GAINESVILLE, Fla. -- After about 15 minutes or so of station work Thursday, the bullhorn blasted and the Florida Gators rushed en mass to huddle around Jim McElwain. After a brief chat, the head coach turned his squad loose for its first fall practice under his watch.
When the players broke, they scurried into warmup formation; four lines facing the middle of the field, with one player tabbed by the coaching staff to take center stage as front man for a day and get everyone going with a set of "Swamp Jacks."
Out stepped tight end Jake McGee.
"Gators! Are you ready?"
"I said, Gators are you READY?"
Swamp Jacks ... Ready ... Begin
S ... W ... A ... M ... P ... SWAMP! ... SWAMP! ... GATORS!
And off into the 2015 season they went.
The fact that McGee, the sixth-year senior who transferred from Virginia last year, was the one chosen to do the ceremonial opening-day send off speaks to the stature with which he's held by both his coaches and teammates.
Especially considering McGee's never caught a pass in a Florida uniform.
"There's that adage, the one about out of bad comes good," strength and conditioning coach Mike Kent said. "Well, that's the way Jake approached his situation. Yeah, it happened, but he challenged himself to respond to it."
To review, McGee transferred to UF in 2014 from Virginia and by NCAA rules was eligible to play immediately because he graduated in four years and still had a fifth season left. With the Cavaliers, the 6-foot-6, 249-pounder had caught 71 passes for 769 from 2011-13, including 43 receptions his final season. A big target (and a savvy veteran one) with good hands and speed coming off the line, with ability to hit the seam of a defense, McGee was going to make an instant impact for the Gators.
Until he broke two bones in his right leg in the first half of Florida's first game.
Repeat: first half, first game.
"I didn't know what had happened. I just knew it was bad," McGee recalled of that afternoon against Eastern Michigan. "When you finally hear the doctors give you that news and tell you it's going to be a long process -- they said six months -- it's something that knocks you down."
Just as his teammates were getting to know McGee the player, he was taken from them.
"That was definitely tough," sophomore tight end DeAndre Goolsby said. "He had so much experience and, for me, he had really helped me learn the ropes, me being so young and all, and getting ready for my first year of college football. You felt bad and just hated to see that happen."
Added defensive lineman Jonathan Bullard: "When something like that happens, all you can do is grab the guy by the shoulder and tell him how much we care about him and how we're going to be there for him."
Certainly, McGee appreciated so many supporters coming to his side. He didn't, however, want a pity party, nor did he need encouragement to commence a comeback.
"I'm a positive guy by nature and I knew the faster I picked myself up and got after my rehab, the faster I'd be playing again," said McGee. "Any injury like that, the disappointment, you can never prepare for it. But I reacted the only way I really know how."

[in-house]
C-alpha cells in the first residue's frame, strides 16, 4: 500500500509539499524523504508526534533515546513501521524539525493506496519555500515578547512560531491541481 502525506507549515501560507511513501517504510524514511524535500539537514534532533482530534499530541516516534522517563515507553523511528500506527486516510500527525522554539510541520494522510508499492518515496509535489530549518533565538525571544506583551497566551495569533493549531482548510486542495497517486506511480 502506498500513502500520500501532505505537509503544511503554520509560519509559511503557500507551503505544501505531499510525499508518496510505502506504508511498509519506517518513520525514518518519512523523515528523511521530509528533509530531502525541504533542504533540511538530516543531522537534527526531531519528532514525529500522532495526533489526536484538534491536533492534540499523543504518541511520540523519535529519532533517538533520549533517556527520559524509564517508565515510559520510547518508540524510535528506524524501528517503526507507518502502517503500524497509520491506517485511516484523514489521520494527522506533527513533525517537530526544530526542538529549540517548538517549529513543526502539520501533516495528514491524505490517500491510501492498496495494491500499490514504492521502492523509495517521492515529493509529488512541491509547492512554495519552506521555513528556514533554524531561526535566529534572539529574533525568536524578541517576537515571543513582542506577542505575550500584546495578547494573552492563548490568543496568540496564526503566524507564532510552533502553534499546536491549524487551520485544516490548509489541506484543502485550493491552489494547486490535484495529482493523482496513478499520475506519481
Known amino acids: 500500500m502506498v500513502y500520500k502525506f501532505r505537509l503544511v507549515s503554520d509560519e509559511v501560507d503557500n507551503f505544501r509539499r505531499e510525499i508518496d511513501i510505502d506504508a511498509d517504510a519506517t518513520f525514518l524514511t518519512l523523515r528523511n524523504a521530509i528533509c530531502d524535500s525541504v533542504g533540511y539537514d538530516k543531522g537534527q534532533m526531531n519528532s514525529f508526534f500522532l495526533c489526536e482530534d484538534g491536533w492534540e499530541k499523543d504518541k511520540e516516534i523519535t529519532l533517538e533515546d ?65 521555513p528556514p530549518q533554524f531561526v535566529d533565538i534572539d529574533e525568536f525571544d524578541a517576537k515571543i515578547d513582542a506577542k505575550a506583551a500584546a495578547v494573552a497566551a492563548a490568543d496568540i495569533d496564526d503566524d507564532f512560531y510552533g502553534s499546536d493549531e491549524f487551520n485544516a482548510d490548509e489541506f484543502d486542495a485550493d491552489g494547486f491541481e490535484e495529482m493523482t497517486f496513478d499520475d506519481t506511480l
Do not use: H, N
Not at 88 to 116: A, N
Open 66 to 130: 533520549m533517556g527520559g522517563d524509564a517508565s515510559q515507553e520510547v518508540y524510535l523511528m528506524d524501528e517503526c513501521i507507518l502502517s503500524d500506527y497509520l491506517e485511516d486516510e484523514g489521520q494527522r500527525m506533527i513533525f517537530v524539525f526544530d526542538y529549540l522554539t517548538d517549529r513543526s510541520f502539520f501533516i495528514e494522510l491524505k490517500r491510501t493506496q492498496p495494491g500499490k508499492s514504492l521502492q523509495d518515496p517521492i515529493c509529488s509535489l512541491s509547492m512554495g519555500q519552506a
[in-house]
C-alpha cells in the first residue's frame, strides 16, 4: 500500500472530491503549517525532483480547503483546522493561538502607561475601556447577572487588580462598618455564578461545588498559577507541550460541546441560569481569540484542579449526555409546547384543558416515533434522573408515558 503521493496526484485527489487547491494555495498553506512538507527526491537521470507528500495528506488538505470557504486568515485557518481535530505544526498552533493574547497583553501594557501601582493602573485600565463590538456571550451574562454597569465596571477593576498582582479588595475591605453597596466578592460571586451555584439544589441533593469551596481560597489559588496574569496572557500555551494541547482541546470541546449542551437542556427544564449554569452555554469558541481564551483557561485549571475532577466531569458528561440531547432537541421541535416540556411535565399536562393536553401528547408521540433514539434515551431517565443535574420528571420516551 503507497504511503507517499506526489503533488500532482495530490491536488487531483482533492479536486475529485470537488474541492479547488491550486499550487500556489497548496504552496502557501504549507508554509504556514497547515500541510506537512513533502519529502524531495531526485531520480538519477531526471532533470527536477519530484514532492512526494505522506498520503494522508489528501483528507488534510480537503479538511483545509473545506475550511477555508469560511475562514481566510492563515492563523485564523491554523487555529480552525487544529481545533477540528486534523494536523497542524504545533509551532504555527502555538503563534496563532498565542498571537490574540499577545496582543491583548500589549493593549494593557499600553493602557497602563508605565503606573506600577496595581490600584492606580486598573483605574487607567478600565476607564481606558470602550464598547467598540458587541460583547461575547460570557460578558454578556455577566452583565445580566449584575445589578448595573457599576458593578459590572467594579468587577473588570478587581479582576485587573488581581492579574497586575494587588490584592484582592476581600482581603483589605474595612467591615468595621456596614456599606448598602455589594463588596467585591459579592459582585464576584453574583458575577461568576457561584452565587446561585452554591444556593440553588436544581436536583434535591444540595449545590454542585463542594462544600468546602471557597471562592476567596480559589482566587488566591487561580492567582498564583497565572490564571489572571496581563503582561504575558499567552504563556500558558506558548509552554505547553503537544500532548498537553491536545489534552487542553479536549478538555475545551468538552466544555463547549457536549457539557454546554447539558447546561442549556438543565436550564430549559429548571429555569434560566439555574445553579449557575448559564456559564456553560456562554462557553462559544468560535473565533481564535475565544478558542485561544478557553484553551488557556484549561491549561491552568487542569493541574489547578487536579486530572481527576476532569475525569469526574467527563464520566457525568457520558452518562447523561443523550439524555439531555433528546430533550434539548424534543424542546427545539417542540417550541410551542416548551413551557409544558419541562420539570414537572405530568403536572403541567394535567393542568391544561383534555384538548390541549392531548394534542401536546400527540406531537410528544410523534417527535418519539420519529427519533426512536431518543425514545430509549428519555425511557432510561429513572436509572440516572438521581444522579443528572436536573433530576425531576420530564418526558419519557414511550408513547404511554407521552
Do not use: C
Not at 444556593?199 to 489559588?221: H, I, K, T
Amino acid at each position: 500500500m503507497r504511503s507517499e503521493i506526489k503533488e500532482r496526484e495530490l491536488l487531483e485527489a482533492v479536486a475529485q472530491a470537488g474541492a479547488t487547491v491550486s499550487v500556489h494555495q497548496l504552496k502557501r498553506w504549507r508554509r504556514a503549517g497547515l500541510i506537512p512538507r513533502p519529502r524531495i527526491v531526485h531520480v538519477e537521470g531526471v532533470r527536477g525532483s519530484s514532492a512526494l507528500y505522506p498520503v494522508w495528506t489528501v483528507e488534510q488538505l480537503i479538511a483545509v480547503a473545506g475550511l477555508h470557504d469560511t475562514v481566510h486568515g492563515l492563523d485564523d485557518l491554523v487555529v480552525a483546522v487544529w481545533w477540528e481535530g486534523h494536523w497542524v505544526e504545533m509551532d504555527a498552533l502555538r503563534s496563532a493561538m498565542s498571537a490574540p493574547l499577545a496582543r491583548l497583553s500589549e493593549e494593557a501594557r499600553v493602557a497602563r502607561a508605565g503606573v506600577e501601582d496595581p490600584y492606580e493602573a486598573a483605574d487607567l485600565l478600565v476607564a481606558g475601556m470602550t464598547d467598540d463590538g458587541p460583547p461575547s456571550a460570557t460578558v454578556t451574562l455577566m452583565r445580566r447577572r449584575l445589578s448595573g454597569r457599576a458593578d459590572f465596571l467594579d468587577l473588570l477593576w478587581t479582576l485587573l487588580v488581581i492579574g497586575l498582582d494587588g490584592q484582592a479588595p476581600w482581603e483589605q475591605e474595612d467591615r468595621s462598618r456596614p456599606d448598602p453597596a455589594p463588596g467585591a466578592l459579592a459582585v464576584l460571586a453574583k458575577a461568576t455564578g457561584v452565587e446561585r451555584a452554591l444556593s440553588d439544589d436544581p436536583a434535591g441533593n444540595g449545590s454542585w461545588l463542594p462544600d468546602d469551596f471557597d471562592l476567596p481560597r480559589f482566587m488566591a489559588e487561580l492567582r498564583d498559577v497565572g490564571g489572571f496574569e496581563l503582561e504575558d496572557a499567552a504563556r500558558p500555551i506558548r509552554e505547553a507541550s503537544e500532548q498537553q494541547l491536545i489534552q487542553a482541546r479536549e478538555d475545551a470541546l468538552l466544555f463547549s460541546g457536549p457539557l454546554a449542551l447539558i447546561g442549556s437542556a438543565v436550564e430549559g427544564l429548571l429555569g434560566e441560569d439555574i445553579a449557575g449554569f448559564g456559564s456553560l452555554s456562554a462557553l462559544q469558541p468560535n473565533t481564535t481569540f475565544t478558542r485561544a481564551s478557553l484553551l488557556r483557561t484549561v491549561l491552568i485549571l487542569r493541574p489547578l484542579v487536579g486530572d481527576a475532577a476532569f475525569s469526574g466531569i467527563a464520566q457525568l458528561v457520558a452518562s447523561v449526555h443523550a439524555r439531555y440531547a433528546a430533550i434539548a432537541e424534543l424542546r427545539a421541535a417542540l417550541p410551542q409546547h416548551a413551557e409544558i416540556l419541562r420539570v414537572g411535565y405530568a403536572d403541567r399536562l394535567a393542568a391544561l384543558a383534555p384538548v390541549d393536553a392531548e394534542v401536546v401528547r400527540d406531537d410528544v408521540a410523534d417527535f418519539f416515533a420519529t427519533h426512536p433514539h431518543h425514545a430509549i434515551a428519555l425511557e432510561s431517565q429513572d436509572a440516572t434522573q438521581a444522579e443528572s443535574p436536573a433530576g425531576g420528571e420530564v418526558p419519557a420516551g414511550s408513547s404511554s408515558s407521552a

For the Gators, that meant being a positive influence on the sidelines during what turned out to be a difficult season, all the while rehabbing with the UF training staff for his future. What that future was, no one really knew.
There was no guarantee the NCAA would sign off on a sixth year of eligibility, even though McGee participated in just nine snaps as a Gator. There was just hope.
"It was all about staying patient," said McGee, who figured if the NCAA ruling didn't come through he was training for the NFL draft. "My goal was always just to get myself back to being the same player I was before, whatever that took."
So McGee went about it with a smile on his face.
The only way he knew how.
"Jake is really a happy guy, like all the time," Goolsby said. "I mean, he never let it get him down."
After some dark rehab days, the firing of one head coach, the transition to another, it was Jan. 20 when the NCAA informed McGee he'd been cleared for a sixth season. He was limited from contact during most of spring practices, but thoroughly impressed Kent during the new staff's first offseason by setting a tone in the south end zone weight room and during conditioning sessions on the field.
"His actions, his purpose, his passion were just outstanding," Kent said. "And as a teammate, how can you not work hard knowing how positive he is coming off such a traumatic injury and taking it upon himself to go out and lead these guys?"
Now it's time for a payoff.
In McElwain, the Gators brought in a head coach with a reputation for moving the ball and scoring points on offense. McGee factors prominently in that equation.
"Having him back is huge at that position. We like to use tight ends," said McElwain, who often used (quite creatively, in fact) double-tight end sets -- sometimes flanking them out; sometimes even to the same side -- in running up big numbers at Colorado State. "Tight ends really need to be able to function in a lot of different roles with the shifts and motions we do with them. He's a guy who will be able to handle that."
Easily. UF fans don't know just how good McGee can be. He averaged nearly 11 yards a reception during his time at UVa, with seven touchdown grabs. In a game against Maryland, he caught eight balls for 114 yards. He had catches of 44 and 38 yards in games, with the former in the final moments against Penn State.
The possibilities are intriguing, sure.
Best of all, though, Jake McGee is just plain here, available and so very ready.
Ready for much more than Swamp Jacks.
"I think we've all let last year go," he said. "We've thrown out all that stuff and now we're just looking to a fresh start with this coaching staff. I know, for me, I'm as excited for this season as I've ever been for a season."